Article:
All around us, dozens of candles sparkled like glittering jewels, darting about this way and that as they were caught in a confluence of small drafts caused by the storm outside. While my eyes adjusted to this optical extravaganza, I spied a large, beautifully rendered Japanese screen standing against the wall to my right. I blinked as the flickering candlelight made the daintily painted birds and butterflies on the screen appear to flap their wings and fly.
Feeling Robert’s none too gentle nudge upon my shoulder, I mentally chided myself on being fanciful. Gathering my scattered wits, along with my sadly dampened skirts, I stepped through the door and into the dining chamber.
It was immediately apparent that the room had been considerably rearranged, in honor, I supposed, of tonight’s se;ance. Most of the dining tables had been moved to either side of the room, creating an empty space before an expanse of windows overlooking Seal Rocks. There, three or four tables had been pushed together to form one long rectangular surface, totally bare except for a large white candle glittering in its center. Normally, this location would have been ideal for viewing the popular rocks below. Tonight, however, the famous boulders were visible only when lightning illuminated them with stark streaks of light and shadow, making them loom up before us like some kind of demonic sea monster.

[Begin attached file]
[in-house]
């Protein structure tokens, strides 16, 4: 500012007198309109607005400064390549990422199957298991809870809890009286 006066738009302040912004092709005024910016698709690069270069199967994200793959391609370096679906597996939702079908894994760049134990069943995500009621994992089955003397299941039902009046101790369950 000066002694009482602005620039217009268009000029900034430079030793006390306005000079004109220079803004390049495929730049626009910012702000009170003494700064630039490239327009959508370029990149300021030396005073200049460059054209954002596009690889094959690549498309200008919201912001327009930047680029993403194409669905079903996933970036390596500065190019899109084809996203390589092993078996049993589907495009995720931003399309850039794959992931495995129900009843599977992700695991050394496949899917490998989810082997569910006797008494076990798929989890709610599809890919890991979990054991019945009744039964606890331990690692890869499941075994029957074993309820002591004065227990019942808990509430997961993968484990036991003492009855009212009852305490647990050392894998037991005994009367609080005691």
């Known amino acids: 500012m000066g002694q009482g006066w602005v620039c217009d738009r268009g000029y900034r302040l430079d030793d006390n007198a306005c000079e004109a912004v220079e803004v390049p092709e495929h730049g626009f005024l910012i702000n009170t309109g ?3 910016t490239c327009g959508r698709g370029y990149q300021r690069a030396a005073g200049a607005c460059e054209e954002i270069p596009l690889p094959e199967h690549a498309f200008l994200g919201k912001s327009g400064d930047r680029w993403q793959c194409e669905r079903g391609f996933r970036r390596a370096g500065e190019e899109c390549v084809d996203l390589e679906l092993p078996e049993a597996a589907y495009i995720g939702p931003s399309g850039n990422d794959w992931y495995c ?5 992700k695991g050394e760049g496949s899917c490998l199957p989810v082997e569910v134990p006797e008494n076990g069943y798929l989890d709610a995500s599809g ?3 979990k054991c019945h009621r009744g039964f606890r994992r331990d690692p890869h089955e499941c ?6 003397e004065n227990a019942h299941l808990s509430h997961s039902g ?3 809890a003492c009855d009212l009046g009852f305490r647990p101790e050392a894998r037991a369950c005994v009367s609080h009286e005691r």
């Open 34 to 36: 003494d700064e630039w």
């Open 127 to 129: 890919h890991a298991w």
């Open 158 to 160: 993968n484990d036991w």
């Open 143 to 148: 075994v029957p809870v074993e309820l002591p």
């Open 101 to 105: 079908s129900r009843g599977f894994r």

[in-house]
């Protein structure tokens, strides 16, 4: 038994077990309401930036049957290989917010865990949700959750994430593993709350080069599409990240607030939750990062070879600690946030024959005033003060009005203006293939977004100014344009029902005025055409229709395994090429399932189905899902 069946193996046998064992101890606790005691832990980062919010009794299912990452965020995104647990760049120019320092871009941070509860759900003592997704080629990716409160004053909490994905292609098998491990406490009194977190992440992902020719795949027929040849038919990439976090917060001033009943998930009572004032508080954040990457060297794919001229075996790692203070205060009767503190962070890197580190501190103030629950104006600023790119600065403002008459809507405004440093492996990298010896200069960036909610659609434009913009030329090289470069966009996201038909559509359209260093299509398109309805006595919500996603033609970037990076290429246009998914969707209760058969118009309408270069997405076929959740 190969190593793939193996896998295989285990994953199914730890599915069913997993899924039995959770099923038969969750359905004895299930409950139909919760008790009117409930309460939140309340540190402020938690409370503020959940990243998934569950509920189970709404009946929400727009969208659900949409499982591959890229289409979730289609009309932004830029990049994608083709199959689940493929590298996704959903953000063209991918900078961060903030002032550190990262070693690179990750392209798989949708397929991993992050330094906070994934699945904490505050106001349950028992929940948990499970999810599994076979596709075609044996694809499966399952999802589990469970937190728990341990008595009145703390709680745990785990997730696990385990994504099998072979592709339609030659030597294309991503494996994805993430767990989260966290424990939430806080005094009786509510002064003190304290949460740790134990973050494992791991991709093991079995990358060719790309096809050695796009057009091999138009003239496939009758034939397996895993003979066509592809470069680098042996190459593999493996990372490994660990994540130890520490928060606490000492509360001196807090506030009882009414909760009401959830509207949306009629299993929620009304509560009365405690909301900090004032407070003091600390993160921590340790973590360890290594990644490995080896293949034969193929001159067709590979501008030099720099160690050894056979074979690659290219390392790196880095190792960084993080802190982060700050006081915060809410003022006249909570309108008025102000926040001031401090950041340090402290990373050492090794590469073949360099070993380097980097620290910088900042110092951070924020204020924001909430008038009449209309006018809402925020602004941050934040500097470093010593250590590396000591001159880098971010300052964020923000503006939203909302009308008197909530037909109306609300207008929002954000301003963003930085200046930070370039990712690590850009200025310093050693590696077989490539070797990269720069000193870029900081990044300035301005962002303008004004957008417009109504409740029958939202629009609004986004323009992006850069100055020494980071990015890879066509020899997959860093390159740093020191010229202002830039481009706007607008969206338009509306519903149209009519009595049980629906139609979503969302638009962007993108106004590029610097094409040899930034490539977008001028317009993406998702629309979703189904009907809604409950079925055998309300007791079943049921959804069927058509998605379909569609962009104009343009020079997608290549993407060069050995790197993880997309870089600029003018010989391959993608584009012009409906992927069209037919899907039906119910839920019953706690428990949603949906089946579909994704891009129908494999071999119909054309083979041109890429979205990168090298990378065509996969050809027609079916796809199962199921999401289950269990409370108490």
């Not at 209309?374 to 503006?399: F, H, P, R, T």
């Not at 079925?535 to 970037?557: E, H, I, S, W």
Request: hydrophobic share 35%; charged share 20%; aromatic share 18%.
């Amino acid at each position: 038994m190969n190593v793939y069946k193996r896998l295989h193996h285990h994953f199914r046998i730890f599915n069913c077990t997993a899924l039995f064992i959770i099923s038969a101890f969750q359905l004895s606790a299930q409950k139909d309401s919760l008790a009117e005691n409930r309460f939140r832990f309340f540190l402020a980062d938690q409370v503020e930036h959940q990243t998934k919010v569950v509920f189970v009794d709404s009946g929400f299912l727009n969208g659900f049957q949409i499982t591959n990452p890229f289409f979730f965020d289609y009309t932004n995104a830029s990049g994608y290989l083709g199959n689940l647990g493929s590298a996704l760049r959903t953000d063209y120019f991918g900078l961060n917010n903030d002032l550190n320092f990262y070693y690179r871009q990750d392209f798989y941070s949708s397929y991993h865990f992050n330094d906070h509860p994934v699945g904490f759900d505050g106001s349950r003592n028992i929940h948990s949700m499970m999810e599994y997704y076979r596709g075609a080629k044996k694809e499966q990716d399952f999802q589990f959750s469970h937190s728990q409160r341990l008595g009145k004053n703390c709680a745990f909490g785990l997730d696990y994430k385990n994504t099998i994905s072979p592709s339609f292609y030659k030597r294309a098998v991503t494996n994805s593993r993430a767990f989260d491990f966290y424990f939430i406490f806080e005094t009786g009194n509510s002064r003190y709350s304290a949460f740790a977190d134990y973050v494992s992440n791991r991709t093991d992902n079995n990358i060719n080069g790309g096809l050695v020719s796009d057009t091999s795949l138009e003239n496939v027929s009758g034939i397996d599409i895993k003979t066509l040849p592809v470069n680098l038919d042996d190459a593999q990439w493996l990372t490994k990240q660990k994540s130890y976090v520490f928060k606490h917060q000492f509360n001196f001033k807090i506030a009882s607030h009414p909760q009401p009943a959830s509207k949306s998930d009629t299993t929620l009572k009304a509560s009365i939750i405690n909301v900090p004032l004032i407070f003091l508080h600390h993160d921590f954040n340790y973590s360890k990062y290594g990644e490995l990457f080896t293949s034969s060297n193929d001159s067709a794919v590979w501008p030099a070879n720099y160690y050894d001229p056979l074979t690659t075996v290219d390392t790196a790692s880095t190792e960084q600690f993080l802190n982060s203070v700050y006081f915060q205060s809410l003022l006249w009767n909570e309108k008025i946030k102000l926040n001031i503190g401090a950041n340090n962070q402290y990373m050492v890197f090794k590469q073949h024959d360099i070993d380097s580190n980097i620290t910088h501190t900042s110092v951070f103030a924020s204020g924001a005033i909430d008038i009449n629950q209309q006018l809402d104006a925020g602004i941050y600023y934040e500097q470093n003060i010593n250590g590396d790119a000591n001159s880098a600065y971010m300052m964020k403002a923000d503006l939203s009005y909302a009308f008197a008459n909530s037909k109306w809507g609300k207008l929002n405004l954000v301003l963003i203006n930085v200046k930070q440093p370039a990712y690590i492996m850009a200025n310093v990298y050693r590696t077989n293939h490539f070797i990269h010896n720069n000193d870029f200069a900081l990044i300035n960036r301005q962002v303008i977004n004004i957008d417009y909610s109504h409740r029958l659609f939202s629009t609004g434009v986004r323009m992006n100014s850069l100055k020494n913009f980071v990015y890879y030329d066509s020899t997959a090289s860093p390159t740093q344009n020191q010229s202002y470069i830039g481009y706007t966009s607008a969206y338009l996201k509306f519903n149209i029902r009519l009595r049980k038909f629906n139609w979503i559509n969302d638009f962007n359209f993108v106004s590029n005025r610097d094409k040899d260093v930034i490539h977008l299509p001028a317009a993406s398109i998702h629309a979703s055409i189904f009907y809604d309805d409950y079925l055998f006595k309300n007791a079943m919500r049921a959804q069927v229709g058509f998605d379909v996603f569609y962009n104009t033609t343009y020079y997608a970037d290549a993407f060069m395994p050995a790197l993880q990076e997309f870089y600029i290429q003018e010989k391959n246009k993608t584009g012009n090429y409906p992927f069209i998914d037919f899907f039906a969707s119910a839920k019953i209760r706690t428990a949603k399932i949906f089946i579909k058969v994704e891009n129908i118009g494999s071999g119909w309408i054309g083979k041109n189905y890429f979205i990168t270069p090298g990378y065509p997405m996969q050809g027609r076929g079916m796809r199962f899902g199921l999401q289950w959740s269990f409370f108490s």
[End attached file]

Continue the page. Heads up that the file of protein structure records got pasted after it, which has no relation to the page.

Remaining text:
So taken was I by nature’s frenzied display that it was only when someone coughed that I realized a group of people were already seated at the improvised table. Recalling myself to tonight’s task, I noted that nine guests sat before the window, five women and four men. All of them were dressed in fashionable, if dark-colored, clothes. Are they afraid, I wondered a bit giddily, that the sight of brighter tones might offend the spirits?
Everyone sat in awkward silence, as if not sure what to expect and therefore unwilling to let down their guard. A few people regarded Robert and me with fleeting curiosity, then immediately shifted their eyes elsewhere.
Before we reached the group, a tall, exotic-looking woman seemed to materialize out of nowhere. Since the only visible door was the one through which Robert and I had just entered, I concluded the woman must have stepped out from behind the Japanese screen. For effect? If so, it had certainly succeeded. Almost surely the partition must conceal a second entrance into the dining room, I realized, perhaps from the kitchen, or even from the saloon.
The four gentlemen at the table rose to their feet as the distinctive-looking woman swept majestically to the table. From her regal bearing, I was certain this must be the famous—or should I say infamous—Madame Olga Karpova, the self-proclaimed Russian aristocrat and psychic who had successfully conquered Europe and who now seemed determined to triumph over North America, as well.